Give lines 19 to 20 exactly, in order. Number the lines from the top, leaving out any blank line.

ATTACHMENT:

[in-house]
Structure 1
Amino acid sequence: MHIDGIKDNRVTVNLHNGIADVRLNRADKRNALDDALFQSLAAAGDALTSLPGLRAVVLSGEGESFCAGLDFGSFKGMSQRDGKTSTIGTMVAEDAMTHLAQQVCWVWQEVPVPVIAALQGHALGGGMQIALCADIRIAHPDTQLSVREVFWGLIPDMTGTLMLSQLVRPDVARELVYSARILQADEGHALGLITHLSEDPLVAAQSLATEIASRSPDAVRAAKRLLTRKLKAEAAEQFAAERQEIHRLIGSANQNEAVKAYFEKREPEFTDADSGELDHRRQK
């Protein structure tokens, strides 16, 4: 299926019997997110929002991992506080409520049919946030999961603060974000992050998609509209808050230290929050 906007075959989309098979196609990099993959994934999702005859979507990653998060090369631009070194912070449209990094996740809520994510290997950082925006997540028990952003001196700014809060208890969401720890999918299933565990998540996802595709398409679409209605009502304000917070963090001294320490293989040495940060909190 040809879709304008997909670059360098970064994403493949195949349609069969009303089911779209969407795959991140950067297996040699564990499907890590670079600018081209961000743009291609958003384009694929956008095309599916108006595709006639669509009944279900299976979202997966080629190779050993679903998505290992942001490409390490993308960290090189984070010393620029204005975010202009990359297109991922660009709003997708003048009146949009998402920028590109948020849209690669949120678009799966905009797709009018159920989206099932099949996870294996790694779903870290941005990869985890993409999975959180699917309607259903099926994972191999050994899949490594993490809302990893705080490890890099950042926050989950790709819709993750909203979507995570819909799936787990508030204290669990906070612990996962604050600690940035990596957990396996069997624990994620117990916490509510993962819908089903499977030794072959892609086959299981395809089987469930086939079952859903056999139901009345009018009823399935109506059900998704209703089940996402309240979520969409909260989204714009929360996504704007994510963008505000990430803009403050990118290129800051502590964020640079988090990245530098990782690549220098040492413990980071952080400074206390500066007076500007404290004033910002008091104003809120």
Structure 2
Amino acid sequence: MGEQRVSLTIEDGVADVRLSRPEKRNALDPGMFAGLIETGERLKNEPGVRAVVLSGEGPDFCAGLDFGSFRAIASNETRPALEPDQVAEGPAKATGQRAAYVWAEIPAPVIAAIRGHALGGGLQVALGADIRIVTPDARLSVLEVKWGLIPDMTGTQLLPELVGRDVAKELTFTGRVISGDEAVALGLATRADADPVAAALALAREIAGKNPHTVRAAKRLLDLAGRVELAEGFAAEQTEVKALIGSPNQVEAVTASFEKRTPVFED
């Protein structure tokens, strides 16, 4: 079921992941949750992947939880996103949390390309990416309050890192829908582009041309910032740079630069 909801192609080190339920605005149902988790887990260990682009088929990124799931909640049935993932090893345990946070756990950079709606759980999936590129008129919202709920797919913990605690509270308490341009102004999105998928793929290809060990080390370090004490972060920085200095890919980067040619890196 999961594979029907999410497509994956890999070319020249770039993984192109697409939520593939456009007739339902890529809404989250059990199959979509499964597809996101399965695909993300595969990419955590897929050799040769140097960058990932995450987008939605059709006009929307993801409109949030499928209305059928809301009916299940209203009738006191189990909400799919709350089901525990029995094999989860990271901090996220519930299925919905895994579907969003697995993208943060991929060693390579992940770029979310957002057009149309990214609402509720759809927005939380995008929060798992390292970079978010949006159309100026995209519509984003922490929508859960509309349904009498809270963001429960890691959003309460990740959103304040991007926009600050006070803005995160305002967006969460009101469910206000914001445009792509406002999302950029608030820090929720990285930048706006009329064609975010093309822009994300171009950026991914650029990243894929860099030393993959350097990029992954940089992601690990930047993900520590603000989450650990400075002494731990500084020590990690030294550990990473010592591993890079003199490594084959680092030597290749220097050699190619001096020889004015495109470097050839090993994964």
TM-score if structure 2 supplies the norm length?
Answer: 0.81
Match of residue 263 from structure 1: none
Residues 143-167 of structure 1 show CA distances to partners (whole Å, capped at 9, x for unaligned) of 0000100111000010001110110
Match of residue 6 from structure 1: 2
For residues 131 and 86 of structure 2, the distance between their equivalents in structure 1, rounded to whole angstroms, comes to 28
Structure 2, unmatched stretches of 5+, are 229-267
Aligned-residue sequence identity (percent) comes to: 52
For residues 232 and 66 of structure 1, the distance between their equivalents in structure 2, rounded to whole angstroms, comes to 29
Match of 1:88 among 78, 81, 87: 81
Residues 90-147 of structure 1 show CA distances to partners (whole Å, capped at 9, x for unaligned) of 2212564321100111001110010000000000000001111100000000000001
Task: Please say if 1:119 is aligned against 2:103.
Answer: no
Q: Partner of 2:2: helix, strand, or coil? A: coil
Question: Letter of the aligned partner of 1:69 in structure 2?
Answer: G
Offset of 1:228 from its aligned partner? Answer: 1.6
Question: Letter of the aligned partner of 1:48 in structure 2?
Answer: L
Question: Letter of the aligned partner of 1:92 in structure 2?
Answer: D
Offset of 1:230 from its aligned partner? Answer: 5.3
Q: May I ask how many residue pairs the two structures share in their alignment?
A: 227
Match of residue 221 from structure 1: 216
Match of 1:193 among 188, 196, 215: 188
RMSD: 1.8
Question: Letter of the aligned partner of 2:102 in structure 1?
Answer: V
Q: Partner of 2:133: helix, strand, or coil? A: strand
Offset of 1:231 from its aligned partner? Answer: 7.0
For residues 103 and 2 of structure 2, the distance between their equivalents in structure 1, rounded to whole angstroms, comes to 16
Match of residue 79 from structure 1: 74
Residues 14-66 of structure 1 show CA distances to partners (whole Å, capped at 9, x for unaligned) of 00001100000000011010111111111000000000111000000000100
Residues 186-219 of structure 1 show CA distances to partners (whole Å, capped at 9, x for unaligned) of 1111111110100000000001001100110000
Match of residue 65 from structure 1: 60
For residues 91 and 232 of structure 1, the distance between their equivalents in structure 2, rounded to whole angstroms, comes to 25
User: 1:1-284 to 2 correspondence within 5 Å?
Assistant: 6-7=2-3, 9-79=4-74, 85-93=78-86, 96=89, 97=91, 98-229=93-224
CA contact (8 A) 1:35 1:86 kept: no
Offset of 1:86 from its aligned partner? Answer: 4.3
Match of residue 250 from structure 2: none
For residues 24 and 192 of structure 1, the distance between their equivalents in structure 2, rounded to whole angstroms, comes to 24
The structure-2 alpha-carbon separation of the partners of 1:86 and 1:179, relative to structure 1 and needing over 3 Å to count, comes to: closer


Task: Please say if 1:119 is aligned against 2:103.
Answer: no